Dr. Mitch Shulman: Colchicine and lessons learned

There will be many important lessons to learn when we have the time to look back on this pandemic and our response to it.

Is colchicine, a drug that has been around since 1500 BC, a cure for COVID-19? Unfortunately, no. Maybe it will have a role to play in keeping people with the disease from needing to be hospitalized, but don’t count on it yet.

Once again we’ve been taken in by pre-publication hype. Well before the scientific paper has been published and we’ve had a proper chance to scrutinize the study, the investigators have pre-released information seeming to suggest that colchicine will keep people diagnosed with COVID-19 from deteriorating.

We’ve been down this path before. Remember hydroxychloroquine? Before the studies that supposedly supported its use were published, there was so much hype that there was actually a problem with supply. Eventually, when those studies were published, hydroxychloroquine wasn’t helpful. We can’t base treatment on data that hasn’t been reviewed. Releasing information this way borders on the irresponsible because it raises hopes which may be dashed. The danger isn’t just the disappointment. The disillusionment with science and the feeling that research can’t be trusted is a real and dangerous effect of releasing information this way.

It’s time for the media to stop giving announcements like this publicity that they don’t deserve. It is entirely possible that colchicine will have a role to play in managing people who are infected with the Sars-Cov2 coronavirus that is responsible for COVID-19, but until we see the data it’s best to wait. Colchicine, like hydroxychloroquine, is not without dangerous side effects and so to take it without a legitimate reason is not worth the danger.

Dr. Mitch Shulman: Colchicine and lessons learned

Remember hydroxychloroquine? Before the studies that supposedly supported its use were published, there was so much hype that there was actually a problem with supply.

Lessons learned

There will be many important lessons to learn when we have the time to look back on this pandemic and our response to it but one of those investigations is already underway. Two different groups are looking into what happened with the Canadian Global Public Health Intelligence Network. Created by Health Canada in the 1990s at least in part triggered by a concern about the spread of pneumonic plague which had originated in India, this agency (which is headquartered at the Public Health Agency of Canada in Ottawa) surveys newspapers, public/social media, stock markets and more for indications of outbreaks before they become common knowledge.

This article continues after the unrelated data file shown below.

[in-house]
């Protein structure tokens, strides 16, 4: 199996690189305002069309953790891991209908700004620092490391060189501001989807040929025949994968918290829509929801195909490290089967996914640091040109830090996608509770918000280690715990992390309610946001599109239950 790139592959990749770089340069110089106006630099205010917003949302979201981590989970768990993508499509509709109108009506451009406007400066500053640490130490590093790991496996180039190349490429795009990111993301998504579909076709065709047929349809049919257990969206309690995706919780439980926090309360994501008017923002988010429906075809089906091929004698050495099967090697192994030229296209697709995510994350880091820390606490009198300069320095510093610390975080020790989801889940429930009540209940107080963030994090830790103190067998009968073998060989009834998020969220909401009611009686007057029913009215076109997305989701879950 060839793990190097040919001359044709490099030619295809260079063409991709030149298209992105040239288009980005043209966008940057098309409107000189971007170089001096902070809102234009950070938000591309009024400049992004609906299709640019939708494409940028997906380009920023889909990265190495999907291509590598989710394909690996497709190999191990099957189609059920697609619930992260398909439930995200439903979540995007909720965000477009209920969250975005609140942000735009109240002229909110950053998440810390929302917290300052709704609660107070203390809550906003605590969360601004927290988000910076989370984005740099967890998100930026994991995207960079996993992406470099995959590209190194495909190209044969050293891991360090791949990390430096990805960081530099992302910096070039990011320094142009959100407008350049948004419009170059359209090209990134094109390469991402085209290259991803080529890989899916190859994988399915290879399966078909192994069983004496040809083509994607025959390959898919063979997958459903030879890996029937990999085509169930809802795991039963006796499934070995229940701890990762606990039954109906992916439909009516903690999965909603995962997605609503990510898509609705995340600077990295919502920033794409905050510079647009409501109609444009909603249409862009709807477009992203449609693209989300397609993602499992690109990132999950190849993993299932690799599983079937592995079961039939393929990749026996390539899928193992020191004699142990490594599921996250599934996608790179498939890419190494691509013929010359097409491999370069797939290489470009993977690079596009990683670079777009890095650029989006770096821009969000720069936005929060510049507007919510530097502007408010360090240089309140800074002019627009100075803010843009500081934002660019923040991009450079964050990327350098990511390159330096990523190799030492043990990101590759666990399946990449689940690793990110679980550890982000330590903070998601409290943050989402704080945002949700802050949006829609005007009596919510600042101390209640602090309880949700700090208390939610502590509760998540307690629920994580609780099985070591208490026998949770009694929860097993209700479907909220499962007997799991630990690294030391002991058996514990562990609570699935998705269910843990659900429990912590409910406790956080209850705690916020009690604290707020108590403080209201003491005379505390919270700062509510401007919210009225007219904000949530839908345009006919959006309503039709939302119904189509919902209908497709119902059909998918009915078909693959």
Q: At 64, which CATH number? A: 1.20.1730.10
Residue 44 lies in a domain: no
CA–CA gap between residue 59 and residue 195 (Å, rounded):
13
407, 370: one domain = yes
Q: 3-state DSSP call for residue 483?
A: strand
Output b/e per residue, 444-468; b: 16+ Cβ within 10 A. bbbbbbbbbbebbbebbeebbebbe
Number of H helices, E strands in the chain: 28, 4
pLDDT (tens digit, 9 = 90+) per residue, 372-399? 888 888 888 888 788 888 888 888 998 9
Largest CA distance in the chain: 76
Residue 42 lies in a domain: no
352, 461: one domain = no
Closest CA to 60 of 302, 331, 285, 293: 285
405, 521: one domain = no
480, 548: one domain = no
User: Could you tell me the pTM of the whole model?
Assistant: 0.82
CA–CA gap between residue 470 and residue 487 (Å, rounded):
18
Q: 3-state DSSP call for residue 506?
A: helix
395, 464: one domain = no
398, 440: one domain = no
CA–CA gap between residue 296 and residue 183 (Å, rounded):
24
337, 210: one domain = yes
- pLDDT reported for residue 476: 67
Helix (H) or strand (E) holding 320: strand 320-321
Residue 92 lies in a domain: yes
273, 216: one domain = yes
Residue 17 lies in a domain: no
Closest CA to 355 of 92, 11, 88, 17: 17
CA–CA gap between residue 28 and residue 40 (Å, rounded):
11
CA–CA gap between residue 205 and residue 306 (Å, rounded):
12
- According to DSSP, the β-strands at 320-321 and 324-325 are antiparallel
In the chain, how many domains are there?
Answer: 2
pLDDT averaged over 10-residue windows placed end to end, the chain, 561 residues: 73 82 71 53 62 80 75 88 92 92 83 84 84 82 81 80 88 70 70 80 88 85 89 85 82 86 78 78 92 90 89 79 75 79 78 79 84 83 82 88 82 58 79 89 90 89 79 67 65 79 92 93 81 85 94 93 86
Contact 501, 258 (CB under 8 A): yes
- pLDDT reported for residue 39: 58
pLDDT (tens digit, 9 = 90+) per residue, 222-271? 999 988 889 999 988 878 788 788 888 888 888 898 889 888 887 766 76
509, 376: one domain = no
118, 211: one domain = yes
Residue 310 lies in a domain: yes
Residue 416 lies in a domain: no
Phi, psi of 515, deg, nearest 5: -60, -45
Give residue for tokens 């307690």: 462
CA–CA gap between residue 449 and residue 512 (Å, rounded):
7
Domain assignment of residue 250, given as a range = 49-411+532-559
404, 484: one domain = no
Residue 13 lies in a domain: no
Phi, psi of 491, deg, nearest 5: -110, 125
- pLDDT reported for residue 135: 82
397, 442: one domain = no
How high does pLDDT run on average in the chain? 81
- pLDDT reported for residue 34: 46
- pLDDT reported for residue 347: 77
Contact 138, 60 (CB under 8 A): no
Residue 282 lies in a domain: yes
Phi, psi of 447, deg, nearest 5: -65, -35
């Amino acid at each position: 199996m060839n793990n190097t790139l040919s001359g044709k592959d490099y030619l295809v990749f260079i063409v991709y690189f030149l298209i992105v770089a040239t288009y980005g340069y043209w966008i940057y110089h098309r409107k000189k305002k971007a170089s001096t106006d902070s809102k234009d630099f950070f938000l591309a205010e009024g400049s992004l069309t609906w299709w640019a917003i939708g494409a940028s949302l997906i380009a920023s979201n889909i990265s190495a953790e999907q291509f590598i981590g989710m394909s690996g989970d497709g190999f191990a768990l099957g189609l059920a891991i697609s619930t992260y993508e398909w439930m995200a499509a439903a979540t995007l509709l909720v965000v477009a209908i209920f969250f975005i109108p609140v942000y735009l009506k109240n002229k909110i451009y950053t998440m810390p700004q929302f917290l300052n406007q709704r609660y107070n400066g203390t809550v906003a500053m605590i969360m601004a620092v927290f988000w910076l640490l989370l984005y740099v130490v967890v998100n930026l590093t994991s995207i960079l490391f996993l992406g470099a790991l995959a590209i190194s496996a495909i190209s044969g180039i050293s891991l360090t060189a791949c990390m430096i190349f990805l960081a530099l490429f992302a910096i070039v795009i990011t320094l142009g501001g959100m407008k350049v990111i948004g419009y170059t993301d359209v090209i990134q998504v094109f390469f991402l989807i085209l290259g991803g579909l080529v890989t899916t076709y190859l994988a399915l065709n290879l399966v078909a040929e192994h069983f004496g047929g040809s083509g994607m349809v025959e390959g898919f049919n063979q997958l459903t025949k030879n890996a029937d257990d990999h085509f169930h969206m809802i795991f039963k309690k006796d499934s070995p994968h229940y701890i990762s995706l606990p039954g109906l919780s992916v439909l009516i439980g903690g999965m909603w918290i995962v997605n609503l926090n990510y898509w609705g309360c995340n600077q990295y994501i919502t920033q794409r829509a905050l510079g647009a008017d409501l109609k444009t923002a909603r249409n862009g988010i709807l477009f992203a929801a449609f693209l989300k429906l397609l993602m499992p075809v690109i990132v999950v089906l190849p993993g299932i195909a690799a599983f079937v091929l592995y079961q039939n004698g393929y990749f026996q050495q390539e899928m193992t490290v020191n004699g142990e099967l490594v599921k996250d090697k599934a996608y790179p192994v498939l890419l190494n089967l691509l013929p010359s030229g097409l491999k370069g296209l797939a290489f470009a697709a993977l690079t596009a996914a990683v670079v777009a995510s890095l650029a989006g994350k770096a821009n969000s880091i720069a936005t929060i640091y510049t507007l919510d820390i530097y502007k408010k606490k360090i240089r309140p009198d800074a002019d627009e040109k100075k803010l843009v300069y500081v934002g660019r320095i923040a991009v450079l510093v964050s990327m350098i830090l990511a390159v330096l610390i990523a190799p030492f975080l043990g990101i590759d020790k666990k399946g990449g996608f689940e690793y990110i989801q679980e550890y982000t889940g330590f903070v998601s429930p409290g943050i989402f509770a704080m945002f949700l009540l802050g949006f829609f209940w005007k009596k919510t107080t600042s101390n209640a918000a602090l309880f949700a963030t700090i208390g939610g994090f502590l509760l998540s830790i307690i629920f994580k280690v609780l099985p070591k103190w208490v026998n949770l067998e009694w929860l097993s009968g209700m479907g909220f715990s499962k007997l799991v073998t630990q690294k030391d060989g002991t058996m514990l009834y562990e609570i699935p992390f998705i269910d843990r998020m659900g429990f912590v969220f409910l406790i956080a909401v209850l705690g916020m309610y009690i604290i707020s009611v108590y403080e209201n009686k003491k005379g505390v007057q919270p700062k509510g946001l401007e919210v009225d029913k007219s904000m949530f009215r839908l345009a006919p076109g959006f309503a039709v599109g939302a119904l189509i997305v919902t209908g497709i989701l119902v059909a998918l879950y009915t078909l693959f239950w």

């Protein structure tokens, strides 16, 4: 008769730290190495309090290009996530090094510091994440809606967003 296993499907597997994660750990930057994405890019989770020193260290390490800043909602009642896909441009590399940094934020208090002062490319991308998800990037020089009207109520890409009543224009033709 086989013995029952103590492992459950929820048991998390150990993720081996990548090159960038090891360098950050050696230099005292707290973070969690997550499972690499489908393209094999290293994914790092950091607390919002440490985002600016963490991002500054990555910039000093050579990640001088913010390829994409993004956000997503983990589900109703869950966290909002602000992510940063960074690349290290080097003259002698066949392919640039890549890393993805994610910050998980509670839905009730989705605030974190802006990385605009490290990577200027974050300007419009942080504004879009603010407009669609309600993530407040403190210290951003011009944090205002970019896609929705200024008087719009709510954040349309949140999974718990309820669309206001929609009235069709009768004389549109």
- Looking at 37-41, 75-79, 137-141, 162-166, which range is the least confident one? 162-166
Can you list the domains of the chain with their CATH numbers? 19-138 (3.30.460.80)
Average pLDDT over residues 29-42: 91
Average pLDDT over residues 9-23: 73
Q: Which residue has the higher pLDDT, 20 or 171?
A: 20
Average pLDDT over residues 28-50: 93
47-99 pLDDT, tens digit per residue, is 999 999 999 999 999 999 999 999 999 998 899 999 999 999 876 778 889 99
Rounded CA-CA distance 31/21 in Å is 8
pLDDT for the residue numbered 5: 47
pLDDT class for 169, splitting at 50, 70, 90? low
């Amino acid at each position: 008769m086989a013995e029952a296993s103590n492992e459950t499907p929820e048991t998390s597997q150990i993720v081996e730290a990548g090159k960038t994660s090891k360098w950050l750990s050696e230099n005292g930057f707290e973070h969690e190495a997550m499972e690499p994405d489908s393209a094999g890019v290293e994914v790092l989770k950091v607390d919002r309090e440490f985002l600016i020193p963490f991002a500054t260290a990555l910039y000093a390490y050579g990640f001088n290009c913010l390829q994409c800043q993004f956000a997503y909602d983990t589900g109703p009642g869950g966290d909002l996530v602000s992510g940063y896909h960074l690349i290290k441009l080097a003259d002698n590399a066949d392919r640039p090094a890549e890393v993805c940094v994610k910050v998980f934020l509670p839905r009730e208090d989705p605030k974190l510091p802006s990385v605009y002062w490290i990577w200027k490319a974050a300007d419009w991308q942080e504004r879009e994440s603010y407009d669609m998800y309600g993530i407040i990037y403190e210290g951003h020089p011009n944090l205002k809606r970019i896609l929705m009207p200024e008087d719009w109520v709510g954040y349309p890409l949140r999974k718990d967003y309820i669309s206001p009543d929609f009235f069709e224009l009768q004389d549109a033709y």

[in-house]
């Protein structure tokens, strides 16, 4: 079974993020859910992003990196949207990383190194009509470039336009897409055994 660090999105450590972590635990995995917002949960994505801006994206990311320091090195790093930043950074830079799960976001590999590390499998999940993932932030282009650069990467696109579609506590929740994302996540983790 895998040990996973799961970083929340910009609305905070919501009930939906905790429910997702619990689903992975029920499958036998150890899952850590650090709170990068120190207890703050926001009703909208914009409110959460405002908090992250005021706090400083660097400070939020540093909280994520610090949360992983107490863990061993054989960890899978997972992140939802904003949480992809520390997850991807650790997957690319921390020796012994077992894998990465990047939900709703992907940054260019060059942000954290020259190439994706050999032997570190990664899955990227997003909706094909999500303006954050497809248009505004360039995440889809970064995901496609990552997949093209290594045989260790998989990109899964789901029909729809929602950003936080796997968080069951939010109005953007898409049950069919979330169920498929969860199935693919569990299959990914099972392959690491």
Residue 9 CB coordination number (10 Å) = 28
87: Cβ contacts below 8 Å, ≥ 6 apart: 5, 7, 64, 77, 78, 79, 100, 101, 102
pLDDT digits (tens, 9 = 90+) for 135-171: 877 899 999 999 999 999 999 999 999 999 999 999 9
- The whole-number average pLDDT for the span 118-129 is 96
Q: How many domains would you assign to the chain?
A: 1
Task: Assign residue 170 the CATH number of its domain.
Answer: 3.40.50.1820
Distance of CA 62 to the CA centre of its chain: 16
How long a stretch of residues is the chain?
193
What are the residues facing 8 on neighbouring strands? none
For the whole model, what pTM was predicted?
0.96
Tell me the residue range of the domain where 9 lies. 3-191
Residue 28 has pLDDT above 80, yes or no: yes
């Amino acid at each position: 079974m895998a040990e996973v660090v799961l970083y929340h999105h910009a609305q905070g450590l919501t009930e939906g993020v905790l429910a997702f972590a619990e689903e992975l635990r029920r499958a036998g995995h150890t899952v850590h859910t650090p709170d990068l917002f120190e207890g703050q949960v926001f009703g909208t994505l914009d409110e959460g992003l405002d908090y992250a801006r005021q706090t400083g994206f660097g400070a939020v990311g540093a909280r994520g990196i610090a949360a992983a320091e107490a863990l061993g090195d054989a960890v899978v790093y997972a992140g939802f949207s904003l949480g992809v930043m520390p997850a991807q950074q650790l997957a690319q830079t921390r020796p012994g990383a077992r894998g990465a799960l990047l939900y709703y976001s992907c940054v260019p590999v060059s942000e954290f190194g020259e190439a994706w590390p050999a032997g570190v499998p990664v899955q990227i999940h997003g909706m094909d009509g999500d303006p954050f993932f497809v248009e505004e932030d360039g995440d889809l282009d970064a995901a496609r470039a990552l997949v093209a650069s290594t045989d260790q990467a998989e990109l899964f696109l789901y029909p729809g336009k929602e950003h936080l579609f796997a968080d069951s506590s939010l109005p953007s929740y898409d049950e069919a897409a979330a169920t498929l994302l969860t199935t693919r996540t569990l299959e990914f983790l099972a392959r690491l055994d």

It’s an important and effective way of protecting us. A recent study published in Nature Research: Scientific Reports, demonstrated that it was possible to use Twitter accounts to track the spread of COVID-19 into communities weeks before the authorities were aware. Enough time to put into place effective countermeasures to limit the spread of the disease. Unfortunately, for reasons not yet clear, the agency in Canada was weakened and many of its members tasked to other responsibilities so we lost the ability to be warned about this pandemic before things got out of hand.

Dr. Mitch Shulman: Colchicine and lessons learned

Remember hydroxychloroquine? Before the studies that supposedly supported its use were published, there was so much hype that there was actually a problem with supply.

As our present situation has demonstrated, an organization like this not only is needed, but could have spared us much of the pain and suffering that we have gone through. One of the reasons why New Zealand did so much better than we did in terms of containing the spread of COVID-19 and its devastating effects upon its economy and its people, was a robust early warning system that was functional and listened to. Food for thought here in Canada.

Dr. Mitch Shulman is an Associate Professor in the Department of Emergency Medicine at McGill Medical School as well as an Attending Physician in the Emergency Department of the McGill University Health Centre. He’s also the CJAD AM 800 Medical Consultant.

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